SAN JOSE - The California Sixth District Court of Appeal recently determined that a longevity performance stipend is not a reportable retirement benefit.
Associate justices Patricia Bamattre-Manoukian, Franklin D. Elia and Nathan D. Mihara ruled on May 24 that not every stipend is considered reportable to the California Public Employees Retirement System (CalPERS) as claimed they should be by John DiCarlo, a Monterey County peace officer, and some of his peers.
The suit stemmed from a 2001 memorandum of understanding between the Monterey County and the sheriff’s department that involved an up to an 8 percent longevity performance stipend offered to any 20-year officer with either satisfactory or excellent standing. DiCarlo and fellow peace officer Richard Perez were respectively retired in 2006 and 2002, each attaining an 8 percent longevity stipend. The stipend specifically noted 20-year employees eligible to receive a 4 percent stipend for satisfactory service and an additional 4 percent for excellent performance.
All was well until 2008 when peace officer James Bass and Michael Shapiro started to attain an 8 percent longevity performance stipend. Calling for a writ of mandamus, DiCarlo and other officers claimed that the county should consider the stipends to be special recompense that would encourage CalPERS to include them in its respective retirement packages.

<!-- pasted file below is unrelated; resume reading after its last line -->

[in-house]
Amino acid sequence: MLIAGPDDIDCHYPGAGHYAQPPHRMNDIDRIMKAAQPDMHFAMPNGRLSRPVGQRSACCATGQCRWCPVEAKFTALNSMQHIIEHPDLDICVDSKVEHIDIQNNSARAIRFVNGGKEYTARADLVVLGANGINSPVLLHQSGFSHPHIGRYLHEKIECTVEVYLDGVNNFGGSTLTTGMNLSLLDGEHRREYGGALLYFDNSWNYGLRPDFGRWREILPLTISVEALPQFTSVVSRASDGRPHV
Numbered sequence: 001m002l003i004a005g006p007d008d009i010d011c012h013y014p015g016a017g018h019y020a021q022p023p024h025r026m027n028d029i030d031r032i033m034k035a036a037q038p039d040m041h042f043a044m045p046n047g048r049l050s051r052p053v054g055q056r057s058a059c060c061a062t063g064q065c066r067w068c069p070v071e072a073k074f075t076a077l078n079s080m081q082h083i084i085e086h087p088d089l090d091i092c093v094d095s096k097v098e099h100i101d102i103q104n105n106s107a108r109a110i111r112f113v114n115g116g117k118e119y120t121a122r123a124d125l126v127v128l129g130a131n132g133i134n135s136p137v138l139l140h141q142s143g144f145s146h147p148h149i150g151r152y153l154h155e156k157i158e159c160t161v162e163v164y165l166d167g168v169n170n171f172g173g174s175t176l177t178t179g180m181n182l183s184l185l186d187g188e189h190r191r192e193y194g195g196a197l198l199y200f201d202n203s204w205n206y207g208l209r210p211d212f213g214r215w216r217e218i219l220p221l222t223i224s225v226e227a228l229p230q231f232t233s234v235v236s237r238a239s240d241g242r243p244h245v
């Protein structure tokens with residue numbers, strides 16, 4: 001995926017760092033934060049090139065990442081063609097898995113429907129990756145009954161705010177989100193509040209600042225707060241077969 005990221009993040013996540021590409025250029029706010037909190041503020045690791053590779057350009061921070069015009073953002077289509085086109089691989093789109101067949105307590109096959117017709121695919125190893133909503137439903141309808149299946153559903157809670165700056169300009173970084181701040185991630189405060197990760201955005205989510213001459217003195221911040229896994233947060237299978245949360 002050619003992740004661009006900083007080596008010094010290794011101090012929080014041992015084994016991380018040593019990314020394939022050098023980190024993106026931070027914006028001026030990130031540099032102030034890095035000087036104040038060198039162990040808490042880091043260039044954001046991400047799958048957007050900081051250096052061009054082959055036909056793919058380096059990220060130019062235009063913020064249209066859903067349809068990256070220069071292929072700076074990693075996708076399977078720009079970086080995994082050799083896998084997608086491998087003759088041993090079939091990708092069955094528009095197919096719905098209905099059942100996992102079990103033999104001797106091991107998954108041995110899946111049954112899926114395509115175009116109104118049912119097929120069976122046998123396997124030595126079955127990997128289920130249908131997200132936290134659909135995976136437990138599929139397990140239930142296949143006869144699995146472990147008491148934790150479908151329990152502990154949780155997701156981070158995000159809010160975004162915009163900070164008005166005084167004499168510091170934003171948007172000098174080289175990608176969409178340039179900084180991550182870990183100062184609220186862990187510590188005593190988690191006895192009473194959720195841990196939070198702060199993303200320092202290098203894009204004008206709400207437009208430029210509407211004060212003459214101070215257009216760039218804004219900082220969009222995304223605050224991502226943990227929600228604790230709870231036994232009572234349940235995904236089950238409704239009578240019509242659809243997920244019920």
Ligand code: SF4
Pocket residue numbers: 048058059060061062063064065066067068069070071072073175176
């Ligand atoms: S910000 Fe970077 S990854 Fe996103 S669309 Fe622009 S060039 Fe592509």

According to the ruling, DiCarlo and Perez and fellow retired class members compelled “the county to retroactively and prospectively adjust their retirement contributions to include 'all compensation earned as part of their ‘Longevity/Performance Stipend,’” the court said in its decision.
After a trial court denied DiCarlo’s request to make the stipend reportable, to which "the court granted the county’s motion for summary adjudication of issues and CalPERS’s motion for judgment on the pleadings."
Appealing, DiCarlo claimed the trial court got it all wrong since state code contained the provision for the stipend to be considered special compensation.
“We recognize the importance of this CalPERS retirement benefit issue to the plaintiffs, but under the rules governing the interpretation of statutes and regulations the ‘longevity performance stipend does not qualify as an item of special compensation that must be reported to CalPERS and included in the calculation of plaintiffs’ retirement benefits," the court said in its ruling. "Therefore, we will affirm the judgments in favor of the County and CalPERS.’”